As an experienced iOS developer, I interface all the time with backend services, and JSON RESTful APIs in particular. It’s a fairly common story for iOS developers to begrudge their work being blocked by backend holdups or bugs, and so, I thought I might as well try to try my hand at backend development to see if I could fix these problems myself.
Okay. I had some choices to make. I’ve heard from a few sources that backend should be old, boring, and crucially, reliable. I could think of no better candidate than PHP, and given that a few of the projects I’ve worked on have successfully deployed with PHP and I have some previous experience with it, it seemed like a reasonable first choice.
But I don’t want to fall into the trap of writing bad code, which I understand is easy to do in PHP, and I also don’t want to write code that has been written better by people that came before me. So I did some digging for PHP frameworks, and I found Symphony, CodeIgniter, and Laravel. The way that I picked one of these was the very scientific approach of picking the one with the most starts on GitHub, for better or worse, which at time of writing is Laravel.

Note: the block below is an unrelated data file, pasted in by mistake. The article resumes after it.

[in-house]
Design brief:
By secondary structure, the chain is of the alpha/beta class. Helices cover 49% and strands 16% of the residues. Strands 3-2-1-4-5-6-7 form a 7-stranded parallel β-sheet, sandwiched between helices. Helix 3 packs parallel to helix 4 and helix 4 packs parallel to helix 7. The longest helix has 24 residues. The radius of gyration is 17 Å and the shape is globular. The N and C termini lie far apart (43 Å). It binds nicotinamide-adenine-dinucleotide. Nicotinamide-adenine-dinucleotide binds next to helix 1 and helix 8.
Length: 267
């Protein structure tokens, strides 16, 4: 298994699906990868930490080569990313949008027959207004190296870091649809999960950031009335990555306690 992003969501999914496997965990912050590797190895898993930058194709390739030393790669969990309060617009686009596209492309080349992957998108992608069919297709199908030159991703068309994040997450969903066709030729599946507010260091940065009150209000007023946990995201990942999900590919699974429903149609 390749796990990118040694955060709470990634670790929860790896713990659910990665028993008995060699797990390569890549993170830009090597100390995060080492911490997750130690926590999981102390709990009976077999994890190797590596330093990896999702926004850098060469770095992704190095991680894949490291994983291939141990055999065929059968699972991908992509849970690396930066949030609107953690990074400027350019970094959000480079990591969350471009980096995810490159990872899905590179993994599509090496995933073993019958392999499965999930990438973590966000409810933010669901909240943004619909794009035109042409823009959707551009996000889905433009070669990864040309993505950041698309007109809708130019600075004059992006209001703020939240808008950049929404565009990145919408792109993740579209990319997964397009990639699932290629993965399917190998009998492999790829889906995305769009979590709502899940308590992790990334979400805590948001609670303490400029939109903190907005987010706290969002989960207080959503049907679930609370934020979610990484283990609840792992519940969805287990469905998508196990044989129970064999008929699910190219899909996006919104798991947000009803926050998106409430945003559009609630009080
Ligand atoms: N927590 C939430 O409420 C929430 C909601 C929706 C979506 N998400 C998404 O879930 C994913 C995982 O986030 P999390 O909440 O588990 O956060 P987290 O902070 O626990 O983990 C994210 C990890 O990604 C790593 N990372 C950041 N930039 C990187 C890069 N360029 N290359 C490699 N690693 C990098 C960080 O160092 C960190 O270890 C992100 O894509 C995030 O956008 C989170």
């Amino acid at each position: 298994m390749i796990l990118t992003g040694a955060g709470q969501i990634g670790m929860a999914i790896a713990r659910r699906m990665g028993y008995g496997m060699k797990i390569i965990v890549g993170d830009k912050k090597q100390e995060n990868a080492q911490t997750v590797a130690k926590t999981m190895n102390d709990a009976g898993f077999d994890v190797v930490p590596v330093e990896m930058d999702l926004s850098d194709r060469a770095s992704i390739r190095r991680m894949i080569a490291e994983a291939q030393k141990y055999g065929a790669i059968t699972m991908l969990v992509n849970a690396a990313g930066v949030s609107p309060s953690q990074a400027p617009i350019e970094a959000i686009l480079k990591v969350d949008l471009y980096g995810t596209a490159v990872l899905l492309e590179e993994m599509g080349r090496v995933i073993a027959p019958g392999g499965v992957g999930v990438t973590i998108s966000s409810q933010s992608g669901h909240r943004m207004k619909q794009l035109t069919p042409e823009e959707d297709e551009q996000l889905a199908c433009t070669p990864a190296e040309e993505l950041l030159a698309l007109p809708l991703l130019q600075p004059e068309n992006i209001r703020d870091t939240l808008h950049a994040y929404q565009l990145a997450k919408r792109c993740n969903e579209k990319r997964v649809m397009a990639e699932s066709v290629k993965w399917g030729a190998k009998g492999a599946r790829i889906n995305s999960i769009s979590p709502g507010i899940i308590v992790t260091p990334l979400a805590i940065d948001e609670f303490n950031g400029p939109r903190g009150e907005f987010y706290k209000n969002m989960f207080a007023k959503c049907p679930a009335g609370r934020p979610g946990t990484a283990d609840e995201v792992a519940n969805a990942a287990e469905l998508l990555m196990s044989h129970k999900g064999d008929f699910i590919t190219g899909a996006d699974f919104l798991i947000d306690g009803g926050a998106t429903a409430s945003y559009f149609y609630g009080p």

I now set out to get a development environment up and running for Laravel, and to do that, here’s what you do. You’ll need to download Vagrant, which is a manager for virtual machines, VirtualBox, which is a virtualization engine, and Homestead, which is a nicely configured Laravel virtual machine. Homestead uses Vagrant which runs on VirtualBox.
To get this up and running, I found these tutorials very useful:
- Laravel Homestead Tutorial – #2 Setup on YouTube
- Homestead installation instructions in the Laravel docs
- Laravel Tutorial: Step by Step Guide to Building Your First Laravel Application
- Say Hello to Laravel Homestead 2.0
- Homestead Laravel Hello World
- And this small tip about an error in provisioning
It took a while, but I now have it working, and I’m ready to start developing my Laravel app.